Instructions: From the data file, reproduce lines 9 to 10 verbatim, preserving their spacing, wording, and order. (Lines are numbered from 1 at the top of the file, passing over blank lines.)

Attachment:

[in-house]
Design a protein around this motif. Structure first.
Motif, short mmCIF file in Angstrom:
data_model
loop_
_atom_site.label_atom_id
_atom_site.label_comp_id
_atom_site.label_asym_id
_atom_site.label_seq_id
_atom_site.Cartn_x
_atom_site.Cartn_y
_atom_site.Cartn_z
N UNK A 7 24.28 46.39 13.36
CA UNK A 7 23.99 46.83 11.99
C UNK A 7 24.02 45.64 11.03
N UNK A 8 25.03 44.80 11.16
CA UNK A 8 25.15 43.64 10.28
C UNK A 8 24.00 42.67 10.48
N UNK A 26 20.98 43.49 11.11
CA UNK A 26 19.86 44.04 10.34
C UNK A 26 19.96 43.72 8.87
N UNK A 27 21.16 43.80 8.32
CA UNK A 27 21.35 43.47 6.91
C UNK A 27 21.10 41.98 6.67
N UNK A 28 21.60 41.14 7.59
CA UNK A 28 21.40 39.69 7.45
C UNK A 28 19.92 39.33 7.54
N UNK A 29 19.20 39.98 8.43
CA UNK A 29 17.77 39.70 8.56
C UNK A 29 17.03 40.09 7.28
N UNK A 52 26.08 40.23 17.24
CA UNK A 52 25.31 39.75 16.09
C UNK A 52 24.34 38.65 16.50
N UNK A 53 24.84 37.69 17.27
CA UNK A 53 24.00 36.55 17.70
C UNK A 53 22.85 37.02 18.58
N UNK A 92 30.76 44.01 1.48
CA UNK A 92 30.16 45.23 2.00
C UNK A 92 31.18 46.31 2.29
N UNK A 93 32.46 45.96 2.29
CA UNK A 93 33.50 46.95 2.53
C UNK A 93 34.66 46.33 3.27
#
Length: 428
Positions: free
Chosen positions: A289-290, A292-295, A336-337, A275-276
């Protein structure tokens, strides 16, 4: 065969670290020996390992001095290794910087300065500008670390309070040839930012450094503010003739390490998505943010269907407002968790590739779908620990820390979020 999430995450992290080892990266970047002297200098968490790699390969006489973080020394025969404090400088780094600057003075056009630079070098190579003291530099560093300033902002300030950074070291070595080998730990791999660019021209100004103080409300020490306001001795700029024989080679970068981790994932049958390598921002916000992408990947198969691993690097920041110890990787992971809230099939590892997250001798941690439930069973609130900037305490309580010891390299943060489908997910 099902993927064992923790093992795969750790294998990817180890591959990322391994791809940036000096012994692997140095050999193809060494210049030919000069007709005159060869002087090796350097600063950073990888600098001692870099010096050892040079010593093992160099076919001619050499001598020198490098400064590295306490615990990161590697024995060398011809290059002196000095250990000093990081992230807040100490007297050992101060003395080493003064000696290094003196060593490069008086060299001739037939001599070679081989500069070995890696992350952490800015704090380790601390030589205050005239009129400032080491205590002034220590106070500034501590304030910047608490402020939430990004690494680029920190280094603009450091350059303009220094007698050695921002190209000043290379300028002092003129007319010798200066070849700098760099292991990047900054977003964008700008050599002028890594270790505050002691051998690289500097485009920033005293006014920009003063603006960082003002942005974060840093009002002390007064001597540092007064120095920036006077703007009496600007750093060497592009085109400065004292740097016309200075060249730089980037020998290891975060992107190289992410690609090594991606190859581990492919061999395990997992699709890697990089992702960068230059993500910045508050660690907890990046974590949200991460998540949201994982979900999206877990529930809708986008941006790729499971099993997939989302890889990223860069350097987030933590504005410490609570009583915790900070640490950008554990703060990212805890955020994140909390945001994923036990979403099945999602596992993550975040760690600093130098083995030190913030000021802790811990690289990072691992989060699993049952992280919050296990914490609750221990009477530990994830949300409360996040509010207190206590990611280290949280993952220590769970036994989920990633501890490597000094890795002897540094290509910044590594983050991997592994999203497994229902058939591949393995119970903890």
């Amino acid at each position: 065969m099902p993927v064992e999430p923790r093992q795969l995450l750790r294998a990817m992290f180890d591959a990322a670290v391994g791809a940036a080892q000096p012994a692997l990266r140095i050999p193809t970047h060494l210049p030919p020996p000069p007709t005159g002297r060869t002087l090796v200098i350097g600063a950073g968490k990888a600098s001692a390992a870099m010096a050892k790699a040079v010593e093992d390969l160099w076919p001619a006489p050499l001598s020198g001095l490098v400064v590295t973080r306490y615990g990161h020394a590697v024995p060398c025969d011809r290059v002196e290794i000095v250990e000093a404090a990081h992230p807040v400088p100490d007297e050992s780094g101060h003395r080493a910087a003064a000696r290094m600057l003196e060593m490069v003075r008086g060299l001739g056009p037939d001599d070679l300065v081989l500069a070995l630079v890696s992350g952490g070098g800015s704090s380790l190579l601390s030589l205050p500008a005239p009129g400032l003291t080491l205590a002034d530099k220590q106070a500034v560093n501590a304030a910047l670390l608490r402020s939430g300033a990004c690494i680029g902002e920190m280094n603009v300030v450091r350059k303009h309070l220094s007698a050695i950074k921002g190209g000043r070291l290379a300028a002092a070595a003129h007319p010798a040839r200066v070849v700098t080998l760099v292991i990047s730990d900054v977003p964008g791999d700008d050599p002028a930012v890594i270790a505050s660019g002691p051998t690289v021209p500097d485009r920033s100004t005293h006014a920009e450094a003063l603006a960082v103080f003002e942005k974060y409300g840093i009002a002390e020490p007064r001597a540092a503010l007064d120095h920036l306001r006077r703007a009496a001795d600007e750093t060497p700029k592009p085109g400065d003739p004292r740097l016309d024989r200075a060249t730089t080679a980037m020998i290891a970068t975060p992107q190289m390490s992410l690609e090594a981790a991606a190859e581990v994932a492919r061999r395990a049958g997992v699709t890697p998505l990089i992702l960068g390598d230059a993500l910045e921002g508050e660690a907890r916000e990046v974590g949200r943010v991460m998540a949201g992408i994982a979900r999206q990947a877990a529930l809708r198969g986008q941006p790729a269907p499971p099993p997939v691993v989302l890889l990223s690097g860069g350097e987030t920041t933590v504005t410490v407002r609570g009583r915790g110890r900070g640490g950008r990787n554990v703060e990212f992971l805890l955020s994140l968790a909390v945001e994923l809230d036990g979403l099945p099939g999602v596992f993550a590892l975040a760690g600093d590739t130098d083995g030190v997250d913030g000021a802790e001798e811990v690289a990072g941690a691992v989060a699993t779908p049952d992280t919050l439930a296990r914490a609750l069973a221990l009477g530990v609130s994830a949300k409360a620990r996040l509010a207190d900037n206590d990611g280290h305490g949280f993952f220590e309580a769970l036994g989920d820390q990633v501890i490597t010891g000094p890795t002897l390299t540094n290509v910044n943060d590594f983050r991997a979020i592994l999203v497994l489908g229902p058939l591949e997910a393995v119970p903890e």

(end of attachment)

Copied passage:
_atom_site.label_seq_id
_atom_site.Cartn_x